30. >>> As noted by Group-IB, there is a split second in the video where one can see a URL underneath the window being recorded by the author’s screen capture software which reveals a profile at the Russian social networking site Vkontakte.ru. Group-IB goes on to link that account to a set of young Russian and Ukranian men who appear to be actively engaged in a variety of cybercrime activities, including distributed denial-of-service (DDoS) attacks and protests associated with the hackivist collective known as Anonymous.<<<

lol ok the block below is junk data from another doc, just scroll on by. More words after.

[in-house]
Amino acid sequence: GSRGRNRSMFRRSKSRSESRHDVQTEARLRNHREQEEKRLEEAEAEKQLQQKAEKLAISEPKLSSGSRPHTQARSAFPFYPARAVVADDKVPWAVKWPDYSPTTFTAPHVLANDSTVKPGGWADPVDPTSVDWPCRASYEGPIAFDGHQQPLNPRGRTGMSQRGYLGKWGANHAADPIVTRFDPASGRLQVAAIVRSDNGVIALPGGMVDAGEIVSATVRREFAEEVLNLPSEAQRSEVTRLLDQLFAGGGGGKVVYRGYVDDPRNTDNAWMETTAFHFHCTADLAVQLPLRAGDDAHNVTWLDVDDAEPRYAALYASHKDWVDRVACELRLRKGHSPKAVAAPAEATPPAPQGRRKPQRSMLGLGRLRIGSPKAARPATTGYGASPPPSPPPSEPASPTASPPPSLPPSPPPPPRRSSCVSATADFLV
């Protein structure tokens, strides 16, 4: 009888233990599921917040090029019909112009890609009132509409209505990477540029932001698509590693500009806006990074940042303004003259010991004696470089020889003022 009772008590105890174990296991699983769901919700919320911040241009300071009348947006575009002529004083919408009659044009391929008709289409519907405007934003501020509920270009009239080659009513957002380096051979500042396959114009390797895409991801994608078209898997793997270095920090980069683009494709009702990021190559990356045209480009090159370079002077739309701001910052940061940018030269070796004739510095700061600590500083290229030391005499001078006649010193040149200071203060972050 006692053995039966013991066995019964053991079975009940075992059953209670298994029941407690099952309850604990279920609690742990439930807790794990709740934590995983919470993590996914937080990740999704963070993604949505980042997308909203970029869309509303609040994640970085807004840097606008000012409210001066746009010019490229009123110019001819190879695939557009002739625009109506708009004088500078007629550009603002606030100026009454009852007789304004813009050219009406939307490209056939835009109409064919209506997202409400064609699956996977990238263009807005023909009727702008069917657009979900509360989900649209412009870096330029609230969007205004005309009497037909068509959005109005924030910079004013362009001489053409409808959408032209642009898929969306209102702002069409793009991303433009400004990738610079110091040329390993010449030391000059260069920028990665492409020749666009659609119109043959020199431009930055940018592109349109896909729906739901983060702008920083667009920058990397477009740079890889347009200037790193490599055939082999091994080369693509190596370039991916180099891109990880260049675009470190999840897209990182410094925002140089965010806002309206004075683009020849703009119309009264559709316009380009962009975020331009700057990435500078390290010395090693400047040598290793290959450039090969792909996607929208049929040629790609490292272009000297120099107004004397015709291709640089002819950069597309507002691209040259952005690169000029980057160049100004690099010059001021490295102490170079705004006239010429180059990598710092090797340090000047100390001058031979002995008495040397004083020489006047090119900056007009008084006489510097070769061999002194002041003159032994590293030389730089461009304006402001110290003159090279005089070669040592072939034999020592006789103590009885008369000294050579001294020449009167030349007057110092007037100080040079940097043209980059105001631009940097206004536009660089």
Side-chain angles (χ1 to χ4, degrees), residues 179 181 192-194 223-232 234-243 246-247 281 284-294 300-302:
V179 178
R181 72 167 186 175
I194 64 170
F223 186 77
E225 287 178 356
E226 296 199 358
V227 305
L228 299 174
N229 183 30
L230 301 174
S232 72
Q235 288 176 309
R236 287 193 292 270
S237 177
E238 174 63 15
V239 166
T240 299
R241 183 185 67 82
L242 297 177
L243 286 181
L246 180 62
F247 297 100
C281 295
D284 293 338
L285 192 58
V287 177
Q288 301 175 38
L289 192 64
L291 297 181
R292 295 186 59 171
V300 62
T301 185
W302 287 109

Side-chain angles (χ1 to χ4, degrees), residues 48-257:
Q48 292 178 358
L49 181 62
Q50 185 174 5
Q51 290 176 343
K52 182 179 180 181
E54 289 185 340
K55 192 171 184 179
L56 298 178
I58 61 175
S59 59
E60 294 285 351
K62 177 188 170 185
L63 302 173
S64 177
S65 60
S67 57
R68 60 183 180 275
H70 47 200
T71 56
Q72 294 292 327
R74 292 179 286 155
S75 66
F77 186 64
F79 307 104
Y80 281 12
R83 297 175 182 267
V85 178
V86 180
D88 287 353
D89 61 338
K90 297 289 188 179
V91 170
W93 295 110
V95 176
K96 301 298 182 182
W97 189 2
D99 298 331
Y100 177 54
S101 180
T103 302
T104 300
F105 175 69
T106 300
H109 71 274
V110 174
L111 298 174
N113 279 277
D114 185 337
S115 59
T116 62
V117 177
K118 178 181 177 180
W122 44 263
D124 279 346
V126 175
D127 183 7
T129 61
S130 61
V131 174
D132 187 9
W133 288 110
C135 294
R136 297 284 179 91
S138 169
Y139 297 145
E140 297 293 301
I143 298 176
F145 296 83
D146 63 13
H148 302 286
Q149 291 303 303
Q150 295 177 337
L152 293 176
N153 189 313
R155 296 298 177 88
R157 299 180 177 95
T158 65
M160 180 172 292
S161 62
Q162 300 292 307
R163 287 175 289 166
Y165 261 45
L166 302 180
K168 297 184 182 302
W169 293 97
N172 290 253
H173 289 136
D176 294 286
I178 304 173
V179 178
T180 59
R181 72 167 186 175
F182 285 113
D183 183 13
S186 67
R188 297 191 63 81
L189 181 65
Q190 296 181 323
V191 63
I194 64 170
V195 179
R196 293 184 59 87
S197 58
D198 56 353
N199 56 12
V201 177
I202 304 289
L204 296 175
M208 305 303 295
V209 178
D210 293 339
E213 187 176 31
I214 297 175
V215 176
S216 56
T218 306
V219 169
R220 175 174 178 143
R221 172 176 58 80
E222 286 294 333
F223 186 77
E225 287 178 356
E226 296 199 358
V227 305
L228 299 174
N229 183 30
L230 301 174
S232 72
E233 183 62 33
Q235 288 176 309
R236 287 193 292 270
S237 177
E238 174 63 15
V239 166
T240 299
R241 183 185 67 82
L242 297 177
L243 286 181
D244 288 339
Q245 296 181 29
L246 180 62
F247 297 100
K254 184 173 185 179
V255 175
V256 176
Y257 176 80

Small world. This site says Edward Snowden works for Vkontakte.ru.


    • That was from October and was an unfounded rumour that turned out to be false. 🙂 Don’t believe all you read on the internet.

      • Many things on the Net are rumors. But the author of that site I posted has been in direct contact with people (attorneys) in Russia RE: Snowden. Not many people can do such things unless they really have contacts.

        • That site was repeating a rumour from somewhere else. Just like many other professionals, this person may have sources but will occasionally quote unfounded things and theories. He is not at vkontakte. 🙂